Wednesday, April 10, 2019

Kansas City 'Get Up Kids' All Grown Up

Looking back through the archives, it has been nearly 10 years since we first wrote about this local crew . . . At the time they were a real-life emo band.

Now, they're matured into what looks like a real deal rock group.

Here's a much better profile of the local music dudes and their adventures in the meantime:

Pitchfork: The Get Up Kids Announce First New Album in 8 Years, Share New Song - Listen

Best of all, the hometown musical heroes recently played a quick set for the local indie radio station and here's the best song of their comeback tour:

And all of this should inspire all of us to keep trying or, at the very least, look forward to what tomorrow has to offer and realize that everyone outgrows emo . . . Hopefully, more for the morning update . . . STAY TUNED!!!


Anonymous said...


Their shows at the Brick are the stuff of local legend.

Anonymous said...

Pretty decent song. 4 out of 5 with one more star if they play more than the one requisite gig at the record bar.

Anonymous said...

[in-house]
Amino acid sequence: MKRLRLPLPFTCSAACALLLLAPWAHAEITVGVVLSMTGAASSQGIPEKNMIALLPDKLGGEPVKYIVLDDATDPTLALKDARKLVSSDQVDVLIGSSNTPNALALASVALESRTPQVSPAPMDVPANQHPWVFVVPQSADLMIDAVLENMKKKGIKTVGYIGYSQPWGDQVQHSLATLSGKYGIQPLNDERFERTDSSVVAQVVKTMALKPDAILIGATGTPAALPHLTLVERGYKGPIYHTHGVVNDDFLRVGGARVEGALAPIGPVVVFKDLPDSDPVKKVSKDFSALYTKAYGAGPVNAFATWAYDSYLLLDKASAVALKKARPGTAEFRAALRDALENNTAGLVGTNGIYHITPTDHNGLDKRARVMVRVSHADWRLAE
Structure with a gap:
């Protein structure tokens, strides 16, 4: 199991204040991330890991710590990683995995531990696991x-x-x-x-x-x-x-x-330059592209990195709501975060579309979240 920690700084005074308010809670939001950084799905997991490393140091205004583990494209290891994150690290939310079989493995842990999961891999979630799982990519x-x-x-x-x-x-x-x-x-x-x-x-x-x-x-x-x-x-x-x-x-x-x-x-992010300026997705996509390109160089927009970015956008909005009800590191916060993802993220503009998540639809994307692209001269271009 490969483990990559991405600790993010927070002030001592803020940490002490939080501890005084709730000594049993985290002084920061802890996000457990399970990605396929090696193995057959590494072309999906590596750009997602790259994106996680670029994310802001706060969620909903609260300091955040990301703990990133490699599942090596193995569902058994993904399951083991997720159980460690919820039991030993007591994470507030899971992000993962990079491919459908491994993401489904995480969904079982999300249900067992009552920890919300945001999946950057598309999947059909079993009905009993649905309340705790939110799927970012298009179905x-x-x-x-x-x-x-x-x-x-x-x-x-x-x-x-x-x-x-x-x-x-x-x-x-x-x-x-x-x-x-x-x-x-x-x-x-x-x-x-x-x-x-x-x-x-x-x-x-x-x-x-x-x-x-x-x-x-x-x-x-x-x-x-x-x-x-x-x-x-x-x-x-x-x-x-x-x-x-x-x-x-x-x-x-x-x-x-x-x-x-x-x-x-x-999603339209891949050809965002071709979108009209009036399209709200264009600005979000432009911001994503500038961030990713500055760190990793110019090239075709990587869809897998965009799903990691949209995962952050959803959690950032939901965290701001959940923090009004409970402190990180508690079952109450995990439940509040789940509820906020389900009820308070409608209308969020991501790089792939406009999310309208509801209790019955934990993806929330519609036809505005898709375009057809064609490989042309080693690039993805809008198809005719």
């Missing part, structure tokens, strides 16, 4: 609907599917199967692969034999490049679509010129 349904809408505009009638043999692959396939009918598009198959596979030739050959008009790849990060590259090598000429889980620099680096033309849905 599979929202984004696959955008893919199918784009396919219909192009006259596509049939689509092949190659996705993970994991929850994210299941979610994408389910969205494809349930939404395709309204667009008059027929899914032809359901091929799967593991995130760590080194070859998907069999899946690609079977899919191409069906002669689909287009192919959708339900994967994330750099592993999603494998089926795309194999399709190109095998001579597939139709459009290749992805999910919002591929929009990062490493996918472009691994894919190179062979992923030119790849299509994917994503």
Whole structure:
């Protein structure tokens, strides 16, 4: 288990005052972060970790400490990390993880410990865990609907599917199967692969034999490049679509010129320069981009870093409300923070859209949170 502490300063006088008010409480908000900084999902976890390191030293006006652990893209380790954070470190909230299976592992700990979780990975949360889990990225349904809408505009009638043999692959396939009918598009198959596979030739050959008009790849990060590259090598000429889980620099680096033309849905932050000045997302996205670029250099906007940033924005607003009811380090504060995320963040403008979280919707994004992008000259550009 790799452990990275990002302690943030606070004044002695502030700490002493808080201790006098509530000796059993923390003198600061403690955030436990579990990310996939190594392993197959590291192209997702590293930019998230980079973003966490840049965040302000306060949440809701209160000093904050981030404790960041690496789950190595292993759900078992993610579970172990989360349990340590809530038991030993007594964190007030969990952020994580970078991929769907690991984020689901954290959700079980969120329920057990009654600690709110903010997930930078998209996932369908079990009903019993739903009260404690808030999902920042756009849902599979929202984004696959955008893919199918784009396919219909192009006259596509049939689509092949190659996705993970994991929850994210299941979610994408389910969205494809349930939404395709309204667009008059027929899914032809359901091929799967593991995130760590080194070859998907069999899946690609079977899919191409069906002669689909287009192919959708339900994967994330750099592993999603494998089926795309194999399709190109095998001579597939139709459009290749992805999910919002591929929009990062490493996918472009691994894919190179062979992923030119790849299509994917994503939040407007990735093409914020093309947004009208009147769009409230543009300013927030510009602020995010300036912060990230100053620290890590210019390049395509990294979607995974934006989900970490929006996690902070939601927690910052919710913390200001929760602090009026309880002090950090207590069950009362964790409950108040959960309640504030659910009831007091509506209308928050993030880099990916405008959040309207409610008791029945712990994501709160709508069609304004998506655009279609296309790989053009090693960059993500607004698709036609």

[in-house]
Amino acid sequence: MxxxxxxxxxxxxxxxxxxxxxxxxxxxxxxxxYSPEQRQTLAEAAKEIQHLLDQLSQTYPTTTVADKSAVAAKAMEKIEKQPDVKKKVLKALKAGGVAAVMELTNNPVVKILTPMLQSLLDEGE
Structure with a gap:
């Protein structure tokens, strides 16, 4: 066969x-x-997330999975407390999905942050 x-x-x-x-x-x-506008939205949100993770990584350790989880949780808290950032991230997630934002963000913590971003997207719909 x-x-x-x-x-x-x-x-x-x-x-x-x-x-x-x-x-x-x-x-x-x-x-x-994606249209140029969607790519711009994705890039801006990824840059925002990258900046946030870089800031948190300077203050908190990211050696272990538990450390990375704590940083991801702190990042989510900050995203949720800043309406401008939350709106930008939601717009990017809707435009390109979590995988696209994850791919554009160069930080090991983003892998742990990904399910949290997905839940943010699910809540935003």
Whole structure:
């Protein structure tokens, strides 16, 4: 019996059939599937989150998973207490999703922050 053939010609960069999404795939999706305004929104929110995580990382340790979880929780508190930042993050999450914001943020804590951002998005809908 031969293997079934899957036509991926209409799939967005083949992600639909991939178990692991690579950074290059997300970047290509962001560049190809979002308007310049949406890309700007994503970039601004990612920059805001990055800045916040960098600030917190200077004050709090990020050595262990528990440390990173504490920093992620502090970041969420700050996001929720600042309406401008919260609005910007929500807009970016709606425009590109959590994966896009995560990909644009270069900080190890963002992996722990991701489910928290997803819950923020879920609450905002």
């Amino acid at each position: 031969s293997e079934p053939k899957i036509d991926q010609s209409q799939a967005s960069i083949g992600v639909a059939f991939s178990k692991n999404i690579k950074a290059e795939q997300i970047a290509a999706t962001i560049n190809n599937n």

Anonymous said...

It's weird that a city KC's size has never really had a great band come out of it.

Puddle of Dudd is most people's answer which is just sad as fuck.

Anonymous said...

^^^^^^^^^ Somewhat true.

Anonymous said...

^^except that's completely false and not even true in the least. Shooting Star and the Rainmakers would beg to differ with you. You two most likely have no idea what the fuck you're talking about and further, you likely only know Glen Miller & Lawrence Welk. So please, by all means, refrain from ever posting again!

Book your own damn shows. said...

It's a membership in a small clique of non original, new wave-post punk, politically correct but uneducated progressives, suburban drug scene bands, booking agent vampires, aging record store/lazy local rock press hipsters that populate this Bridge Radio station idea of local music. Good for them, it ain't easy. Meanwhile, the true sound of the live band, KC music sound is like that tree falling in the forest. It real, genuine, but because no one hears it outside of their friends and family, it does not leave a sound imprint.